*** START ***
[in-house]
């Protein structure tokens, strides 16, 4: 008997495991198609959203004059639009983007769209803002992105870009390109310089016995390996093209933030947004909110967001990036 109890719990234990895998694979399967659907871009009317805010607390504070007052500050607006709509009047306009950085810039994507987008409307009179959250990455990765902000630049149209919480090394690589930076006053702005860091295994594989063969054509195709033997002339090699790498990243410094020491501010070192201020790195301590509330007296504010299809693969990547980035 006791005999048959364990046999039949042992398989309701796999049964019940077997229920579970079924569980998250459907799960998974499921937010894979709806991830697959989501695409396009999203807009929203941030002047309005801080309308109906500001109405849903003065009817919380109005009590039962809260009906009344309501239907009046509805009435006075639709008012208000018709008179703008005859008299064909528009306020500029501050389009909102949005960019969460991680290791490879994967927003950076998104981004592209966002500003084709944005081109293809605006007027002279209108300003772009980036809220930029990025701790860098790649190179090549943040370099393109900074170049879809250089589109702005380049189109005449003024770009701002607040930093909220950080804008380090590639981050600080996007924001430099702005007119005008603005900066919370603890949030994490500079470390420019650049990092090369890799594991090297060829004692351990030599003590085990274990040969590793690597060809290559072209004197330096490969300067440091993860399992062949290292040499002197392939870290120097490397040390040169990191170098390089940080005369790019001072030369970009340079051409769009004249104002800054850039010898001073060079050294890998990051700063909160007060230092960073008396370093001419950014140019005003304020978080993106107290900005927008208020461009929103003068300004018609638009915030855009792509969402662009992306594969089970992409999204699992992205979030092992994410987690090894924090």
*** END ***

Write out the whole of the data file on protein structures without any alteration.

[in-house]
């Protein structure tokens, strides 16, 4: 008997495991198609959203004059639009983007769209803002992105870009390109310089016995390996093209933030947004909110967001990036 109890719990234990895998694979399967659907871009009317805010607390504070007052500050607006709509009047306009950085810039994507987008409307009179959250990455990765902000630049149209919480090394690589930076006053702005860091295994594989063969054509195709033997002339090699790498990243410094020491501010070192201020790195301590509330007296504010299809693969990547980035 006791005999048959364990046999039949042992398989309701796999049964019940077997229920579970079924569980998250459907799960998974499921937010894979709806991830697959989501695409396009999203807009929203941030002047309005801080309308109906500001109405849903003065009817919380109005009590039962809260009906009344309501239907009046509805009435006075639709008012208000018709008179703008005859008299064909528009306020500029501050389009909102949005960019969460991680290791490879994967927003950076998104981004592209966002500003084709944005081109293809605006007027002279209108300003772009980036809220930029990025701790860098790649190179090549943040370099393109900074170049879809250089589109702005380049189109005449003024770009701002607040930093909220950080804008380090590639981050600080996007924001430099702005007119005008603005900066919370603890949030994490500079470390420019650049990092090369890799594991090297060829004692351990030599003590085990274990040969590793690597060809290559072209004197330096490969300067440091993860399992062949290292040499002197392939870290120097490397040390040169990191170098390089940080005369790019001072030369970009340079051409769009004249104002800054850039010898001073060079050294890998990051700063909160007060230092960073008396370093001419950014140019005003304020978080993106107290900005927008208020461009929103003068300004018609638009915030855009792509969402662009992306594969089970992409999204699992992205979030092992994410987690090894924090």